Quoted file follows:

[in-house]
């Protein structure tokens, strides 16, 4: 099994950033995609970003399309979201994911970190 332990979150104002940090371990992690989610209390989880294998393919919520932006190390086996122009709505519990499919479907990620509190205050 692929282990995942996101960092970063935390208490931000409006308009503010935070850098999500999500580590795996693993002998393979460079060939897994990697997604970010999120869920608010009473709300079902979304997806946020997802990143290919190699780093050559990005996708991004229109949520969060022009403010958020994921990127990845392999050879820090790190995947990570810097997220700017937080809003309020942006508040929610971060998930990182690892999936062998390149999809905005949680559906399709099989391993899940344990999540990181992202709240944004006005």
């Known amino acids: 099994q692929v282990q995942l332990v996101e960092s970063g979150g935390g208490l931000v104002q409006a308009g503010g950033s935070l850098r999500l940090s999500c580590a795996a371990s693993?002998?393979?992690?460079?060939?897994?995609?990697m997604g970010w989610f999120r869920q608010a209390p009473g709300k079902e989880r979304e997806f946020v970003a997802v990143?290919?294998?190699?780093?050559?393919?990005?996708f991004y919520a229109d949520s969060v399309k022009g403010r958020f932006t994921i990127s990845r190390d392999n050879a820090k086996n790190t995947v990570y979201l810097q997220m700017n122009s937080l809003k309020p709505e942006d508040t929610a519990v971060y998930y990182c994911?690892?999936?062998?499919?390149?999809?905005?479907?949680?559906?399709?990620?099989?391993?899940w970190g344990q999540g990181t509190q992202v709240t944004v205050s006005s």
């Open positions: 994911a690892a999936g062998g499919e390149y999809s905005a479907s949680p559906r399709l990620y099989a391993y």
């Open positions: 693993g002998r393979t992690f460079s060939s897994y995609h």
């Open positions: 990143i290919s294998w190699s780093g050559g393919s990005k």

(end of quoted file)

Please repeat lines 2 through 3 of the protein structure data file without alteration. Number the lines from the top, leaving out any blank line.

């Protein structure tokens, strides 16, 4: 099994950033995609970003399309979201994911970190 332990979150104002940090371990992690989610209390989880294998393919919520932006190390086996122009709505519990499919479907990620509190205050 692929282990995942996101960092970063935390208490931000409006308009503010935070850098999500999500580590795996693993002998393979460079060939897994990697997604970010999120869920608010009473709300079902979304997806946020997802990143290919190699780093050559990005996708991004229109949520969060022009403010958020994921990127990845392999050879820090790190995947990570810097997220700017937080809003309020942006508040929610971060998930990182690892999936062998390149999809905005949680559906399709099989391993899940344990999540990181992202709240944004006005």
């Known amino acids: 099994q692929v282990q995942l332990v996101e960092s970063g979150g935390g208490l931000v104002q409006a308009g503010g950033s935070l850098r999500l940090s999500c580590a795996a371990s693993?002998?393979?992690?460079?060939?897994?995609?990697m997604g970010w989610f999120r869920q608010a209390p009473g709300k079902e989880r979304e997806f946020v970003a997802v990143?290919?294998?190699?780093?050559?393919?990005?996708f991004y919520a229109d949520s969060v399309k022009g403010r958020f932006t994921i990127s990845r190390d392999n050879a820090k086996n790190t995947v990570y979201l810097q997220m700017n122009s937080l809003k309020p709505e942006d508040t929610a519990v971060y998930y990182c994911?690892?999936?062998?499919?390149?999809?905005?479907?949680?559906?399709?990620?099989?391993?899940w970190g344990q999540g990181t509190q992202v709240t944004v205050s006005s």